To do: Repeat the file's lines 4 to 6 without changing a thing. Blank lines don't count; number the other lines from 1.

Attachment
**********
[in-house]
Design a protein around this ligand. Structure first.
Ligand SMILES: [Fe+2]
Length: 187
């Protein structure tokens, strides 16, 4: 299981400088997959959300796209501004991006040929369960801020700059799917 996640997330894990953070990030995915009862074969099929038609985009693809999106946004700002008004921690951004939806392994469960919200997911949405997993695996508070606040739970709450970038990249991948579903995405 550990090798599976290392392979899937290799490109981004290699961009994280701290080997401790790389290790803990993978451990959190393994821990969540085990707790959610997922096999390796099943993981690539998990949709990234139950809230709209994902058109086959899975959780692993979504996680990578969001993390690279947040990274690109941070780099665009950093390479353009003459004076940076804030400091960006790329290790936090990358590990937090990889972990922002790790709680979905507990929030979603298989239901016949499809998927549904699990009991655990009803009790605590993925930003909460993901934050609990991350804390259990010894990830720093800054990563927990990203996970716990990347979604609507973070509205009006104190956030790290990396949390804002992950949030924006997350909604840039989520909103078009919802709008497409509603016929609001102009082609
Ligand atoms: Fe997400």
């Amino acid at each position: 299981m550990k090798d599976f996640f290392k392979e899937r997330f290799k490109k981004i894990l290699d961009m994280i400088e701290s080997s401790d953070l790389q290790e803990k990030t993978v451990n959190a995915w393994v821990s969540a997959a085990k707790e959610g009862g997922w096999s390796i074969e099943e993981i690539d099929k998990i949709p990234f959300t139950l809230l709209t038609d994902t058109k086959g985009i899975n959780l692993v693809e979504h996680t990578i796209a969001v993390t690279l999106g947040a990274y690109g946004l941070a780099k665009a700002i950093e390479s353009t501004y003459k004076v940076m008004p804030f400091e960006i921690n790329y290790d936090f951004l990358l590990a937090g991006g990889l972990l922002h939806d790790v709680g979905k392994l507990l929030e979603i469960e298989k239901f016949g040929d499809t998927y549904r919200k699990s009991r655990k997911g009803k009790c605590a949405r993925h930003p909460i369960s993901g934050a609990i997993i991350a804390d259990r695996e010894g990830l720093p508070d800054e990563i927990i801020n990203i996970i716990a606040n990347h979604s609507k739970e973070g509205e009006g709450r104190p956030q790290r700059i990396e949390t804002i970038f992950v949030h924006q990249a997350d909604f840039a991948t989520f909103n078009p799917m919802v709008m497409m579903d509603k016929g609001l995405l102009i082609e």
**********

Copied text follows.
Length: 187
């Protein structure tokens, strides 16, 4: 299981400088997959959300796209501004991006040929369960801020700059799917 996640997330894990953070990030995915009862074969099929038609985009693809999106946004700002008004921690951004939806392994469960919200997911949405997993695996508070606040739970709450970038990249991948579903995405 550990090798599976290392392979899937290799490109981004290699961009994280701290080997401790790389290790803990993978451990959190393994821990969540085990707790959610997922096999390796099943993981690539998990949709990234139950809230709209994902058109086959899975959780692993979504996680990578969001993390690279947040990274690109941070780099665009950093390479353009003459004076940076804030400091960006790329290790936090990358590990937090990889972990922002790790709680979905507990929030979603298989239901016949499809998927549904699990009991655990009803009790605590993925930003909460993901934050609990991350804390259990010894990830720093800054990563927990990203996970716990990347979604609507973070509205009006104190956030790290990396949390804002992950949030924006997350909604840039989520909103078009919802709008497409509603016929609001102009082609
Ligand atoms: Fe997400």